Recently, at a dinner party, a young gentleman came up to me and asked what are you studying? And I replied politely, I’m working. And he instantly responded, oh these days people start working at such a young age. He didn’t stop to let me explain. I have often faced instances where people at first interaction think of me as a college student. Some have taken it a step further and thought I am in school. Weird. So yes I definitely I don’t look my age. I guess thanks to my genes – thanks mom and dad! But I think there is another important factor that makes me and helps me stay young, I get to relive my childhood everyday.
I’m a developmental psychologist, which in simple terms means, I work with very young children who might have certain neuro-developmental disorders, like Autism. And by young children I mean, kids from 3 to 8 years. So I help to develop an array of skills in these children – social language and communication and socio-emotional skills. But how do I help build these skills?
So contrary to popular notions about psychologists, I can’t make children lie down on a couch with me sitting across them with a notebook and pen in hand, asking them questions and reflecting on different issues. To be with a child and help him or her, you need to be a child. Everyday I play with these children – get my hands and feet dirty, jump on the trampoline, get into a ball pool, run around, paint, dance, sing and most importantly laugh a lot. How could I not love this job? Though don’t be fooled, these interactions are goal oriented, and not just mindless games. Through these modalities we achieve our different goals, by ensuring that the child is happy, secure, not threatened and motivated to explore, create and learn.
However, what strikes me on a regular basis is that how kids are so simple, and are just looking for love, encouragement and lots of hugs. And why has that become so difficult? Most kids that come to me look forward to my sessions because they have someone giving them individual attention and having fun with them. The sad part of having any form of disability or difficulty, we get so engrossed in compensating and building skills, that we forget that every child wants to play and have fun. Learning of any kind doesn’t need to be a task. So, the most important part of being a parent, psychologist, therapist, teacher, educator, doctor, or any person interacting with a child in a direct manner, has to be able to let down their hair and get down to the level of the child. Why would any child want to be in our company or be motivated to interact with us, if we are going to be talking, instructing or preaching?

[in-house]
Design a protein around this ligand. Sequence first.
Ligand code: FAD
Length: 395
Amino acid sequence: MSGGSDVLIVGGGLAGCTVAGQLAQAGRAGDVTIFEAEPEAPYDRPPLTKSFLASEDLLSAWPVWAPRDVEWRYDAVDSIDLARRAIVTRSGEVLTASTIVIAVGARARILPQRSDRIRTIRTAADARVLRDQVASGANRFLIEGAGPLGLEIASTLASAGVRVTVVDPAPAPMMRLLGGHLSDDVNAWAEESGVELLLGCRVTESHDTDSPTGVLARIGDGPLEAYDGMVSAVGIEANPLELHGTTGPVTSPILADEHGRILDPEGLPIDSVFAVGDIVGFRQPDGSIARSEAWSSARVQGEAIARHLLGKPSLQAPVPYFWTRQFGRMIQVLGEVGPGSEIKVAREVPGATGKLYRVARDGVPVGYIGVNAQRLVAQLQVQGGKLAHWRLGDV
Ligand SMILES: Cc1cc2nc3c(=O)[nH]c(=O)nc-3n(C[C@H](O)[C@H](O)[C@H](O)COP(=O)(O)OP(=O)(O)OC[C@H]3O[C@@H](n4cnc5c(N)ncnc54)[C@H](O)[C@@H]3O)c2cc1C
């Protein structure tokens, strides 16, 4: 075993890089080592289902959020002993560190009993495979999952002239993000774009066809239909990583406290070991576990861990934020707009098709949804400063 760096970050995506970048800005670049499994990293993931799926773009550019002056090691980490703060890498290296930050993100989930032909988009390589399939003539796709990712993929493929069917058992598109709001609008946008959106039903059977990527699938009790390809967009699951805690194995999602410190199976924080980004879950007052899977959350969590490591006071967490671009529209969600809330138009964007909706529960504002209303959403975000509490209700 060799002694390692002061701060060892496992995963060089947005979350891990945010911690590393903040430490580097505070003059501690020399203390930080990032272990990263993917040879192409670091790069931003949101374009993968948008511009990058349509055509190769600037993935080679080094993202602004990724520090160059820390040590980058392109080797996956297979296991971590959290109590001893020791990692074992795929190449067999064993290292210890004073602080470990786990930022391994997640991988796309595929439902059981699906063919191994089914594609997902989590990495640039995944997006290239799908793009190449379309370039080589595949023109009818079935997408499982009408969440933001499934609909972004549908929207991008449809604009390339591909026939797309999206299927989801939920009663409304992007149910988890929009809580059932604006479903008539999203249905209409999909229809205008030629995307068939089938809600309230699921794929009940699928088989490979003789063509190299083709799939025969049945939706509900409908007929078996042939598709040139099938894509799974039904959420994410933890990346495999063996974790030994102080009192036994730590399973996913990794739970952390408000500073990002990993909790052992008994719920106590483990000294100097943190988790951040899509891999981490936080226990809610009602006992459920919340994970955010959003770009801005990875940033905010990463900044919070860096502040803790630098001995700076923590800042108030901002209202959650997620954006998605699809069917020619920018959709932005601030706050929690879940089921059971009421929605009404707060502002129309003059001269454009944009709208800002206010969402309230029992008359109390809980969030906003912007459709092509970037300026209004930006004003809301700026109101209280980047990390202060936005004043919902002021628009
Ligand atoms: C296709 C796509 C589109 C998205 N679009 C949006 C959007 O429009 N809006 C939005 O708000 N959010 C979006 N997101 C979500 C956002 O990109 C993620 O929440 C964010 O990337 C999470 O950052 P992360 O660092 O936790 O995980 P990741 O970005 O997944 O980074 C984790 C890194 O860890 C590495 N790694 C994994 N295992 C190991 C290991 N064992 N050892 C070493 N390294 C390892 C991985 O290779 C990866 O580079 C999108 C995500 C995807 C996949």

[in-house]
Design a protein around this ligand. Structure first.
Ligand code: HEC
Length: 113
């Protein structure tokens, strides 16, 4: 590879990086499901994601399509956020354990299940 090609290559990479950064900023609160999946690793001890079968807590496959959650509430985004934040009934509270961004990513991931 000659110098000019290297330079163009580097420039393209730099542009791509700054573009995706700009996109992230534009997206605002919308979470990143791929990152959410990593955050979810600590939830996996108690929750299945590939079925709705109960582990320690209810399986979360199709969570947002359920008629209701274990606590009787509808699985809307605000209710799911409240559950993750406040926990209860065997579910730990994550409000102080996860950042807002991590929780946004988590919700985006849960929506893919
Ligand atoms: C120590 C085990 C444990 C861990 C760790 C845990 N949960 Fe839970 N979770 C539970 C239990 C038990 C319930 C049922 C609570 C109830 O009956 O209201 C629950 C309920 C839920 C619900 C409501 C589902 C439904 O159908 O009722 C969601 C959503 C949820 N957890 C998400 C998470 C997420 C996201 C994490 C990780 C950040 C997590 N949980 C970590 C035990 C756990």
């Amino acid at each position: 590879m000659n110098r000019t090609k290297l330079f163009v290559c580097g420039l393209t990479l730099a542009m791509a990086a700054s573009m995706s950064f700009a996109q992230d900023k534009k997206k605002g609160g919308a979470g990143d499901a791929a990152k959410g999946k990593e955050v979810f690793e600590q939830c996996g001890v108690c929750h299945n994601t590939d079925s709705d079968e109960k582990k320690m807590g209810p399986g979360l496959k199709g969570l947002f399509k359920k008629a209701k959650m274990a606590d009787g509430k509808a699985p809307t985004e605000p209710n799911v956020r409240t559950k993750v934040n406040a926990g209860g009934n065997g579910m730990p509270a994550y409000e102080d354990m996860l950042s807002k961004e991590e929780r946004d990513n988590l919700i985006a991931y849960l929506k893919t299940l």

When we were growing up, academics were all that everyone looked at. If you didn’t excel in school or college, you have no future ahead. Luckily times are changing, and more and more options are available to different individuals based on their skills, talent, and education. However in our fast paced world, it’s all about survival of the fittest. So as parents, educators and professionals, we start building skills and honing talents in our young ones at the earliest. So even in neuro-typical children we are looking at all round skill development, but are we tapping into emotional development of the child. Are our children growing up too fast?
My best memories from my childhood are running around and playing in the park with my friends; playing dress up with my sister; my dad tickling and swirling me around; making baby rotis while my mother cooked and bedtime stories by my grandparents. Helping our children reach their best in any field is as crucial as creating happy memories for a secure enriched socio-emotional development. They have their whole life to be adults, let them be children for some time. Let them roll around in the mud, scream and run around, create a mess, laugh, and cry and have fun. Let them be kids for a little while longer.
And sometimes even we need to embrace the child in us – relax, be carefree, laugh at the simple joys of life and have fun.
Written by: Soumini Menon, Developmental Psychologist, Children First